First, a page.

Analysts at CERT/CC said in a May consultation:
“Prior to version 7.0, Checkbox Survey implemented its own VIEWSTATE functionality by accepting a _VSTATE parameter, which was then deserialized using LosFormatter. Since this data was handled manually by the Checkbox Survey code, the ASP.NET VIEWSTATE message authentication on the server The code (MAC) setting is ignored. Without the MAC, an attacker can create arbitrary data that will be deserialized, resulting in arbitrary code execution.”
The Praying Mantis group seems to have a very deep understanding of anti-sequencing vulnerabilities, and they use this mechanism in various ways for lateral movement and persistence in their attacks. For example, even though newer versions of ASP.NET support VIEWSTATE integrity checking and encryption, if encryption and authentication keys are stolen or compromised, they can be used to re-infect a server or to infect other servers in the same cluster hosting the same application , because the key is shared.
According to the researchers, “In a Sygnia investigation, TG1021 exploited stolen decryption and authentication keys to exploit an IIS web server. The flow of the VIEWSTATE deserialization exploit is almost the same as the VSTATE vulnerability explained above, with tweaks to the VIEWSTATE data is encrypted and signed, not compressed.”
The group also took advantage of a session storage mechanism that relies on serialization. ASP.NET allows applications to store user sessions as serialized objects in an MSSQL database and then assign unique cookies to them. When the user’s browser visits the application again and has saved some of these cookies, the application loads the corresponding session object from the database and deserializes it.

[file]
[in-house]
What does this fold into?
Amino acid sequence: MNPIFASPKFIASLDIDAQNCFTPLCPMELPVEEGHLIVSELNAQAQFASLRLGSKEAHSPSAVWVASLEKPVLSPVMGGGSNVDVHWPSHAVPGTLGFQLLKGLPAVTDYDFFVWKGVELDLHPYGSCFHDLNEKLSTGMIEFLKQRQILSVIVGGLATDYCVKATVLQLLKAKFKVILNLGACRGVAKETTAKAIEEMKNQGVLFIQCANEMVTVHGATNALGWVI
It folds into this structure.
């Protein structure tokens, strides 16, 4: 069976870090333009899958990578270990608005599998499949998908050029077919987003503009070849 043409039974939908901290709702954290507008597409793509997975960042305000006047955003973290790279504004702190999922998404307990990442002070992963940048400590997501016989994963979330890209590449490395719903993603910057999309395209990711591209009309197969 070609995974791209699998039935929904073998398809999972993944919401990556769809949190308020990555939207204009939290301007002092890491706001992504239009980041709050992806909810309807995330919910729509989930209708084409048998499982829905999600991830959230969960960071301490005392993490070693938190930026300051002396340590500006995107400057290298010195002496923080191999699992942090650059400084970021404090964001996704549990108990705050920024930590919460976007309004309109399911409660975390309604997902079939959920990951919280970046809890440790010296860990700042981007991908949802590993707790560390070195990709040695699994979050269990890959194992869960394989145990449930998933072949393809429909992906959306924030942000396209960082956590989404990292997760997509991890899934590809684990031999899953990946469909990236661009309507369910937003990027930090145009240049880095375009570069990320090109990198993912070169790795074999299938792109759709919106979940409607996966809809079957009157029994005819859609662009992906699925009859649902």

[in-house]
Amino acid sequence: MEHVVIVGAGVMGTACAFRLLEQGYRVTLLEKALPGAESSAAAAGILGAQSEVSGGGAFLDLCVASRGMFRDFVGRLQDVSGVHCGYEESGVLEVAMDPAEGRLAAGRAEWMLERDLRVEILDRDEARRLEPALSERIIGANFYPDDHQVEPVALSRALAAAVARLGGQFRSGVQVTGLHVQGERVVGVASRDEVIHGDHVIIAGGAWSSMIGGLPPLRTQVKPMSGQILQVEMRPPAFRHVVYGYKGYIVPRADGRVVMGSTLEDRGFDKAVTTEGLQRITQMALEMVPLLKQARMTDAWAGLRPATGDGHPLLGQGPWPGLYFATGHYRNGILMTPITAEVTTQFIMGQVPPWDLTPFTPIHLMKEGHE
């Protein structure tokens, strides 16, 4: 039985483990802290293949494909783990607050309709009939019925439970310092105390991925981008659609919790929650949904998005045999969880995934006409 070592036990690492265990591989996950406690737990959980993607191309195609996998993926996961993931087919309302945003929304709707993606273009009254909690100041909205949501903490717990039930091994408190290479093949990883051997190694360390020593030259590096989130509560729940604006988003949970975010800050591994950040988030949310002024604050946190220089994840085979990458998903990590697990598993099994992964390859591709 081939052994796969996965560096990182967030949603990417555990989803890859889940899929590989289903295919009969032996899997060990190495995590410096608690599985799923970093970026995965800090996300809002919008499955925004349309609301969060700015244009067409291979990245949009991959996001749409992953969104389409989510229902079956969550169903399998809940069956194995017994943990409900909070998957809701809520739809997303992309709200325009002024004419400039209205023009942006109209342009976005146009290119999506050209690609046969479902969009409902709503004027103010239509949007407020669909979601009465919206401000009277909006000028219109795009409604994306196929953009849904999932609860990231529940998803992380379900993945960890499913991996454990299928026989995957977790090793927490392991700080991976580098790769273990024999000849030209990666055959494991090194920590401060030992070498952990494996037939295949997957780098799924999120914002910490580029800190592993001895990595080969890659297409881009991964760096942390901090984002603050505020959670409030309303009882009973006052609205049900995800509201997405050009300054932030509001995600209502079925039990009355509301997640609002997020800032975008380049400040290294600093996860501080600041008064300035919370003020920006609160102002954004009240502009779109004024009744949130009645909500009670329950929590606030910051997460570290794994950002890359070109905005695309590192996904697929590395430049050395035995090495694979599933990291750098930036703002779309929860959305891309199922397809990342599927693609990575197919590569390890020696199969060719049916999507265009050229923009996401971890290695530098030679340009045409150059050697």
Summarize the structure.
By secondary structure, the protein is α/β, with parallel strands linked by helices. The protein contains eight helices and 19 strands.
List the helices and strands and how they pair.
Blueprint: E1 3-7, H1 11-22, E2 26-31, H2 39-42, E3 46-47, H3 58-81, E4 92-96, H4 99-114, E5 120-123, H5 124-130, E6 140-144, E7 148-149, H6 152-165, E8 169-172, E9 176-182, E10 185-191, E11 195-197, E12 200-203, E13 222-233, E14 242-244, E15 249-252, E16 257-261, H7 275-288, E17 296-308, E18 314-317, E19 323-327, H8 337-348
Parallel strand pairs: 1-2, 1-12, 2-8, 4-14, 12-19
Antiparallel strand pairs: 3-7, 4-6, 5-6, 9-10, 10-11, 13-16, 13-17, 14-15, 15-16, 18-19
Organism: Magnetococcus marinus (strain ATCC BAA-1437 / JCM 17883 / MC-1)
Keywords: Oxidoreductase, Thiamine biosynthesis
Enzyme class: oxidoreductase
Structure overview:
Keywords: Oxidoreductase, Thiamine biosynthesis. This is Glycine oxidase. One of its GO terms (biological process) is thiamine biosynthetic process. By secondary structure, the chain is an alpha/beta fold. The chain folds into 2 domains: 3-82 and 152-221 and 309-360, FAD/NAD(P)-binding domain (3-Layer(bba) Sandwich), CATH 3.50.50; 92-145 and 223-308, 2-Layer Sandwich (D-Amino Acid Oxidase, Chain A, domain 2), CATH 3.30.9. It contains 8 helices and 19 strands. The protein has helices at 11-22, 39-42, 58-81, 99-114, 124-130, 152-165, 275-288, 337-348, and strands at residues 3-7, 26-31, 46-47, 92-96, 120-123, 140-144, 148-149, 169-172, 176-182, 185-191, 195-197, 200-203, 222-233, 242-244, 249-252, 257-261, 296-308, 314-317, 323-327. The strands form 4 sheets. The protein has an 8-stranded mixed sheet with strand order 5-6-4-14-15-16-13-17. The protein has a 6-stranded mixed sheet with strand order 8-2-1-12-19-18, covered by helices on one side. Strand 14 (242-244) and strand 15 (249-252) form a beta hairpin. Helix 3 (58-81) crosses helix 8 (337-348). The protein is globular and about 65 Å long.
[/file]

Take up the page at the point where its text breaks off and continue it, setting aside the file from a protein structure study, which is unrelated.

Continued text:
Attackers exploit this capability for lateral movement by using access to the IIS web server (compromised by the vulnerability described above) to generate malicious session objects and associated cookies, which are stored in a Microsoft SQL database. They then send requests to other IIS servers that belong to the same infrastructure and use the same database, and include malicious cookies in the request. This forces application instances running on these servers to load and deserialize maliciously crafted session objects from the database, resulting in remote code execution (RCE).
Researchers have also observed Praying Mantis exploiting deserialization vulnerabilities in other applications, such as CVE-2019-18935, which is also an RCE vulnerability stemming from insecure deserialization in JSON parsing, and affects a program called Telerik UI for Products for ASP.NET AJAX. Telerik is a set of user interface components widely used in web applications. Additionally, the group used another older arbitrary file upload vulnerability (CVE-2017-11317) that affects Telerik.
Malware framework tailored for IIS